Coming from the Rif, AL HOCEIMA can be a bit of a shock. It may not be quite the “exclusive international resort” the tourist board claims, but it is truly Mediterranean and has developed enough to have little in common with the farming hamlets and tribal markets of the surrounding mountains. Relaxed and friendly throughout the year, Al Hoceima is at its best in late spring or September, when the beaches are quiet and not so crowded under the midsummer weight of Moroccan families and French and German tourists.
Al Hoceima was developed by the Spanish after their counteroffensive in the Rif in 1925, and was known by them as Villa Sanjuro. The name commemorated the Spanish general José Sanjuro, who landed in the bay, under the cover of Spanish and French warships, with an expeditionary force. Coincidentally, it was at Al Hoceima, too, that then Crown Prince Hassan led Moroccan forces to quell the Riffians’ revolt in 1958, following independence.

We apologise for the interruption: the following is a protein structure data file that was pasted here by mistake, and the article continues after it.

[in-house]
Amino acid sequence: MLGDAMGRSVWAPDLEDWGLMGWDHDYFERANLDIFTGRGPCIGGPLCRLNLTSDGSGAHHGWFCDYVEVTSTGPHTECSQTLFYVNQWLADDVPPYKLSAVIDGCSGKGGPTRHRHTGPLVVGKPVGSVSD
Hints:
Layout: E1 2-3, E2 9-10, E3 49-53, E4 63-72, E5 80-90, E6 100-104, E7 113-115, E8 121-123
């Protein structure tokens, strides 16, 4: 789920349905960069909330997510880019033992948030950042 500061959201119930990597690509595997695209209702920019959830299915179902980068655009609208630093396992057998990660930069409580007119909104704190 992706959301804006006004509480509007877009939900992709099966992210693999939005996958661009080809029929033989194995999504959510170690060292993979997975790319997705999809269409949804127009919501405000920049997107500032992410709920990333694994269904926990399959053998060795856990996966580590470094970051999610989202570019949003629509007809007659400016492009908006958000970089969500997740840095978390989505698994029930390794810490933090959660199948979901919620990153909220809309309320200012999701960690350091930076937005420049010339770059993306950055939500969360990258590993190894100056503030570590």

Al Hoceima’s compact size is one of its charms. Until the 1950s, it consisted of just a small fishing port to the north of the bay, and a fringe of white houses atop the barren cliffs to the south. At the heart of this older quarter is the atmospheric Place du Rif, enclosed by café-restaurants and pensions.